Jay Goltz, author and former NYTimes.com small business columnist, founded Jayson Home in 1997 after his early business, a picture framing company, grew into the largest in the country. In his first column in a three-part “Case Studies” series for Business of Home, he delves into the pros and cons of running a pop-up shop.
We’ve had a single brick-and-mortar location, in Chicago, since Jayson Home first opened in 1993. Our online business has grown in the intervening decades, and a large percentage comes from New York. So in 2016, we decided to open our first pop-up store in the Hamptons. We knew that many of our customers vacationed there in the summer and we also knew that it was a great opportunity to expand our customer base—with only a seasonal commitment.
We gained many new customers, and many of our existing customers were thrilled to find us there. We also sold enough merchandise to actually make money, which got us thinking: If a Hamptons store could make money in just three months, imagine what we could do in SoHo, arguably the epicenter of retail in the U.S.
But bringing our brand to SoHo was a very different adventure than going to the Hamptons. Each location has its own nuances; on one hand, we would get more brand exposure in SoHo, allowing us to pick up some new customers and better service the ones we have. On the other hand is the math. In the Hamptons, you have a three-month shopping frenzy and rent to match. In New York, opening a full-time store is a multimillion-dollar endeavor with a much slower build of awareness. For a public company, or one with the funny money from a venture capitalist, that would be a no-brainer. If it doesn’t go well, no one is going to lose his or her house. But for a privately owned company like ours, it could be “betting the farm.” If I have learned anything about entrepreneurship, it’s that there is a fine line between visionary and delusional. I have been on both sides of that line.
So the question came down to risk and reward, and the ability to finance the risk. We decided that we had to try it out. This was neither visionary nor delusional—in our case, I would call it satisfying our need for adventure. We wanted to try it out, knew it would be good for our brand, and figured that, whatever happened, we would learn a lot along the way. I also knew we could mitigate the risk by doing what I would call an extended pop-up: a two- or three-month presence would not give us enough time to get the word out, and it would be easier to get the startup expenses amortized over nine months. So we went ahead with it, opening our doors in September of 2017 and welcoming in a mix of returning customers, along with many new people who had never heard of us.
I’m happy to say that our staff—including marketing, merchandising, buying, IT, accounting, warehouse, transportation and, of course, sales—got the store up and running quickly and without any serious meltdowns. The opening went well and we received a lot of fanfare from both customers and the press. The one element that we couldn’t plan or project accurately was sales. But that is OK; as a privately owned company without stockholders or investors, we were not worried about it. No one was going to lose their house; no one was going to lose their job. Yes, we respect the math, but we also regularly balance that with the need to continually evolve.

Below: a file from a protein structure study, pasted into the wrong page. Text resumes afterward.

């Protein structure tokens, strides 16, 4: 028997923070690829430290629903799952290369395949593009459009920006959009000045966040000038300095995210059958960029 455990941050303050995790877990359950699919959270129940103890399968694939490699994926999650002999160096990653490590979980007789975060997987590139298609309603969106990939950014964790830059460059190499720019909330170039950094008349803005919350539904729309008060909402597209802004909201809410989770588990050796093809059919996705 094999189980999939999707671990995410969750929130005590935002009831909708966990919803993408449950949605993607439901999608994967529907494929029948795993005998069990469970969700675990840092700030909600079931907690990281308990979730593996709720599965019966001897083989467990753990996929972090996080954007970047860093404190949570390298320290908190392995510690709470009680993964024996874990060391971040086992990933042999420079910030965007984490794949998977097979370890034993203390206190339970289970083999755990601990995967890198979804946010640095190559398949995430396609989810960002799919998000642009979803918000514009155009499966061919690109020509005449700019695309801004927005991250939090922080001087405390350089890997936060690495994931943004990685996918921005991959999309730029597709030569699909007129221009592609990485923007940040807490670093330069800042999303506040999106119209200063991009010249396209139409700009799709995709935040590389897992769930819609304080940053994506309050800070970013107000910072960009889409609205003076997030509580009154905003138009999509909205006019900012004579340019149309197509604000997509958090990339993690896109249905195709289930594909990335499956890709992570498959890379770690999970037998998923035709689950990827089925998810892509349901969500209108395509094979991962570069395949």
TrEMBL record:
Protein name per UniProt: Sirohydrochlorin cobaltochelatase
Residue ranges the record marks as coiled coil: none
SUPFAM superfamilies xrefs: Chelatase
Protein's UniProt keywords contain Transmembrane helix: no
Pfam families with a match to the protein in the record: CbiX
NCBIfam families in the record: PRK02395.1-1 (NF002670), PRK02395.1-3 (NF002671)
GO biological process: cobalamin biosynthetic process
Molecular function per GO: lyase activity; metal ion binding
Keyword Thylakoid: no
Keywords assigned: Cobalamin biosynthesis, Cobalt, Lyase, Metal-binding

Nine months passed quickly. While sales increased every month, we soon had to decide whether or not having a permanent location in New York was the next move we wanted to make. We now had more information to make an intelligent decision and, given the state of retail traffic and the growth of online business, we ultimately decided it would be better to concentrate our efforts on a brand-new website, launching in early September. This initiative has taken more time and money than most people would expect, including us. People talk about bricks and mortar like it’s this big, crushing overhead expense, but I can tell you that building and maintaining a website is also expensive—and you don’t have to rebuild a store every few years!
While we have switched our focus for the time being, New York was a worthwhile adventure and, overall, a great experience. We picked up a lot of new customers who continue to buy online, and I couldn’t be prouder of how my staff worked together to make it happen. And in the end, that is our way. We try things, we experience things, we learn things—and we relish the fact that we are on an adventure together. And when I say we, I really mean we—both our loyal staff, whose average tenure is over 11 years, and the devoted customers that have been with us for decades. We know that it is our constant need to change and grow that has kept those people with us, so we will only continue to evolve, together. Stay tuned.